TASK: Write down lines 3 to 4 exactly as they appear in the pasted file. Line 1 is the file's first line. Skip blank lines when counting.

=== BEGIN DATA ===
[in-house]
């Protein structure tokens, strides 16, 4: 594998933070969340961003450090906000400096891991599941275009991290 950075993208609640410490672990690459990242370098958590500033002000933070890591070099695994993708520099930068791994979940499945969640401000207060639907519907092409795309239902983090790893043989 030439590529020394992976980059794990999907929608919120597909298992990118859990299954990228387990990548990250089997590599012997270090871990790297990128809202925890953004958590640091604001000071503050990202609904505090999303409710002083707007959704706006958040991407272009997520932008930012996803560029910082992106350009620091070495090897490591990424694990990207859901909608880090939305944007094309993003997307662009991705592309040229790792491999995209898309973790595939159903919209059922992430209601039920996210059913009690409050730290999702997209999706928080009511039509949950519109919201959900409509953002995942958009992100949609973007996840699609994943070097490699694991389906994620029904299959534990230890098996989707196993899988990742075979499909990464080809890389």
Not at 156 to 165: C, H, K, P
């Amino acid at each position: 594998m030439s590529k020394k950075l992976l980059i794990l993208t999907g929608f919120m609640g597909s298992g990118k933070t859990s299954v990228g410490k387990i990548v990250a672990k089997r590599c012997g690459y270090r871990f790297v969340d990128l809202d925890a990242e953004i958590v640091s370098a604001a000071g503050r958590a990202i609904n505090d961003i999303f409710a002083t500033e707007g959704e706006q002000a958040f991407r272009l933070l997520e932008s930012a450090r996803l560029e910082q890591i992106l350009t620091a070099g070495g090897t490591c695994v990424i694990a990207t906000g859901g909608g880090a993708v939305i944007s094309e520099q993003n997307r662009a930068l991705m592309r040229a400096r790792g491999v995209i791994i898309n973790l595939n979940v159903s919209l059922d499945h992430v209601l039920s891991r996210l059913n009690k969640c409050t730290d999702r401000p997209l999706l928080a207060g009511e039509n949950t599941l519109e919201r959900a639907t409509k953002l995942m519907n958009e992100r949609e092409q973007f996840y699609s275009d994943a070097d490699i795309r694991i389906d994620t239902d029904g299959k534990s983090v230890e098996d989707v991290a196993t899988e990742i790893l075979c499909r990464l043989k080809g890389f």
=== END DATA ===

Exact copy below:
Not at 156 to 165: C, H, K, P
């Amino acid at each position: 594998m030439s590529k020394k950075l992976l980059i794990l993208t999907g929608f919120m609640g597909s298992g990118k933070t859990s299954v990228g410490k387990i990548v990250a672990k089997r590599c012997g690459y270090r871990f790297v969340d990128l809202d925890a990242e953004i958590v640091s370098a604001a000071g503050r958590a990202i609904n505090d961003i999303f409710a002083t500033e707007g959704e706006q002000a958040f991407r272009l933070l997520e932008s930012a450090r996803l560029e910082q890591i992106l350009t620091a070099g070495g090897t490591c695994v990424i694990a990207t906000g859901g909608g880090a993708v939305i944007s094309e520099q993003n997307r662009a930068l991705m592309r040229a400096r790792g491999v995209i791994i898309n973790l595939n979940v159903s919209l059922d499945h992430v209601l039920s891991r996210l059913n009690k969640c409050t730290d999702r401000p997209l999706l928080a207060g009511e039509n949950t599941l519109e919201r959900a639907t409509k953002l995942m519907n958009e992100r949609e092409q973007f996840y699609s275009d994943a070097d490699i795309r694991i389906d994620t239902d029904g299959k534990s983090v230890e098996d989707v991290a196993t899988e990742i790893l075979c499909r990464l043989k080809g890389f």